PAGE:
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Pain Med. 2008 Jan-Feb;9(1):22-5. doi: 10.1111/j.1526-4637.2006.00153.x.

Hip joint pain referral patterns: a descriptive study.

Author information

1
Department of Rehabilitation Medicine, University of Washington, Seattle, Washington, USA. john_lesher@hotmail.com

Abstract

OBJECTIVE:

To determine hip joint pain referral patterns.

DESIGN:

Retrospective analysis. Setting. Multicenter. Patients. Fifty-one consecutive patients meeting clinical criteria of a symptomatic hip joint. Interventions. Fluoroscopically guided intra-articular hip joint injection. Outcome Measures. Anatomic pain map before hip injection and visual analog scale both before and after hip injection.

RESULTS:

The hip joint was shown to cause pain in traditionally accepted referral areas to the groin and thigh in 55% and 57% of patients, respectfully. However, pain referral was also seen in the buttock and lower extremity distal to the knee in 71% and 22%, respectively. Foot and knee pain were seen in only 6% and 2% of patients, respectively, while lower lumbar spine referral did not occur. Fourteen pain referral patterns were observed.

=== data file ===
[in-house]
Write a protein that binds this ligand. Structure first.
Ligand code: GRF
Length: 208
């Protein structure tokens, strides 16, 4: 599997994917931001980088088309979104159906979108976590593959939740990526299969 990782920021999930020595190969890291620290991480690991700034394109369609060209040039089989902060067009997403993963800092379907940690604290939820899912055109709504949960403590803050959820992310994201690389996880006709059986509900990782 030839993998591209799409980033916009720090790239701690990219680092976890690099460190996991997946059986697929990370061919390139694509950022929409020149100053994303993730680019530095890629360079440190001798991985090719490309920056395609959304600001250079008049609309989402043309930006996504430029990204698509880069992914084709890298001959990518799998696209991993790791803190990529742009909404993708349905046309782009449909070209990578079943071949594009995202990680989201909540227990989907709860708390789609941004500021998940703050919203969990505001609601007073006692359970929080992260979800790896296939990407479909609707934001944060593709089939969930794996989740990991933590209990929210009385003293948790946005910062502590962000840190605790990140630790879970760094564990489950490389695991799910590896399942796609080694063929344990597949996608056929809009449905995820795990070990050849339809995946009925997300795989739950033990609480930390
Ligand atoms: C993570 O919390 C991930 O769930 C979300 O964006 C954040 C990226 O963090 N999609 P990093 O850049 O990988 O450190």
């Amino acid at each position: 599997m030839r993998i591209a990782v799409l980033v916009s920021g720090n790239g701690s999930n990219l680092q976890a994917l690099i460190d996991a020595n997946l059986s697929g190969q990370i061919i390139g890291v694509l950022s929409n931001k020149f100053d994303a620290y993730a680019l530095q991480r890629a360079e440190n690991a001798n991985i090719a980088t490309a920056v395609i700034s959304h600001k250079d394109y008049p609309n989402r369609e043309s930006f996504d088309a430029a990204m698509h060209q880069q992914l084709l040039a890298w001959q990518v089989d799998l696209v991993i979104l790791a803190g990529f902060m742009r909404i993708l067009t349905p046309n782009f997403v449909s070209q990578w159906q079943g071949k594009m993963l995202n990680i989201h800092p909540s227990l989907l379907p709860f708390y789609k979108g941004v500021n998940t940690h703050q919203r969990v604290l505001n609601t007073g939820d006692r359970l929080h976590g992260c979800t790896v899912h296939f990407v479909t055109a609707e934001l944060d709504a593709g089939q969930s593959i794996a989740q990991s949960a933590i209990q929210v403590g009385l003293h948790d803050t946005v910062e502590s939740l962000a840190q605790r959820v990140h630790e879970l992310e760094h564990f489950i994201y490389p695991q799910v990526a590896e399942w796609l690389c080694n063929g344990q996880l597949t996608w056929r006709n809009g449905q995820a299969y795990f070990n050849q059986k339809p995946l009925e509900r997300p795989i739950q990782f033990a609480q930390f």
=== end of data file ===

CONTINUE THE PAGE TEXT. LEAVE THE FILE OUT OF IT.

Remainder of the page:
CONCLUSIONS:

Buttock pain is the most common pain referral area from a symptomatic hip joint. Traditionally accepted groin and thigh referral areas were less common. Hip joint pain can occasionally refer distally to the foot. Lower lumbar spine referral did not occur.

[Indexed for MEDLINE]

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